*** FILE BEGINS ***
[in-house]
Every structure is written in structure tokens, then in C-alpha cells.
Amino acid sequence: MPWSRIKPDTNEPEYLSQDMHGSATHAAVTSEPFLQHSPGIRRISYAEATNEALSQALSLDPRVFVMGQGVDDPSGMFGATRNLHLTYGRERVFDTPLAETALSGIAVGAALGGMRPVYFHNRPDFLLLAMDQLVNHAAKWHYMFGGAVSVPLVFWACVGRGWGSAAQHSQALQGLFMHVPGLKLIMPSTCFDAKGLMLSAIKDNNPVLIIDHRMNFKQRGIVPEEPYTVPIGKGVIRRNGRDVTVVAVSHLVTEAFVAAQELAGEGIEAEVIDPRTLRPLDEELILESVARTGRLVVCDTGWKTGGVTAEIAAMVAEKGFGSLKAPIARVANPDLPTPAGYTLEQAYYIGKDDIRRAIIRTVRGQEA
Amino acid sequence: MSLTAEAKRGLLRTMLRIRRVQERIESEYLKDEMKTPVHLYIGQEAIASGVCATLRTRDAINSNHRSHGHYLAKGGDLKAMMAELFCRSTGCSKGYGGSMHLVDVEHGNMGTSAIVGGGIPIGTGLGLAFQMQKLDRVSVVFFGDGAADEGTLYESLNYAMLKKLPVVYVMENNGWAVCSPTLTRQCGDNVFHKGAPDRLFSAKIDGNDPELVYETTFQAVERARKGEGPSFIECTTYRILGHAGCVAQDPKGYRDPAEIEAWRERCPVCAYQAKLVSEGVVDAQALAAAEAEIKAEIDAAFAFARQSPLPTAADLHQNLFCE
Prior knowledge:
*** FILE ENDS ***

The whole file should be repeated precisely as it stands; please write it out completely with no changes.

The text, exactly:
[in-house]
Every structure is written in structure tokens, then in C-alpha cells.
Amino acid sequence: MPWSRIKPDTNEPEYLSQDMHGSATHAAVTSEPFLQHSPGIRRISYAEATNEALSQALSLDPRVFVMGQGVDDPSGMFGATRNLHLTYGRERVFDTPLAETALSGIAVGAALGGMRPVYFHNRPDFLLLAMDQLVNHAAKWHYMFGGAVSVPLVFWACVGRGWGSAAQHSQALQGLFMHVPGLKLIMPSTCFDAKGLMLSAIKDNNPVLIIDHRMNFKQRGIVPEEPYTVPIGKGVIRRNGRDVTVVAVSHLVTEAFVAAQELAGEGIEAEVIDPRTLRPLDEELILESVARTGRLVVCDTGWKTGGVTAEIAAMVAEKGFGSLKAPIARVANPDLPTPAGYTLEQAYYIGKDDIRRAIIRTVRGQEA
Amino acid sequence: MSLTAEAKRGLLRTMLRIRRVQERIESEYLKDEMKTPVHLYIGQEAIASGVCATLRTRDAINSNHRSHGHYLAKGGDLKAMMAELFCRSTGCSKGYGGSMHLVDVEHGNMGTSAIVGGGIPIGTGLGLAFQMQKLDRVSVVFFGDGAADEGTLYESLNYAMLKKLPVVYVMENNGWAVCSPTLTRQCGDNVFHKGAPDRLFSAKIDGNDPELVYETTFQAVERARKGEGPSFIECTTYRILGHAGCVAQDPKGYRDPAEIEAWRERCPVCAYQAKLVSEGVVDAQALAAAEAEIKAEIDAAFAFARQSPLPTAADLHQNLFCE
Prior knowledge: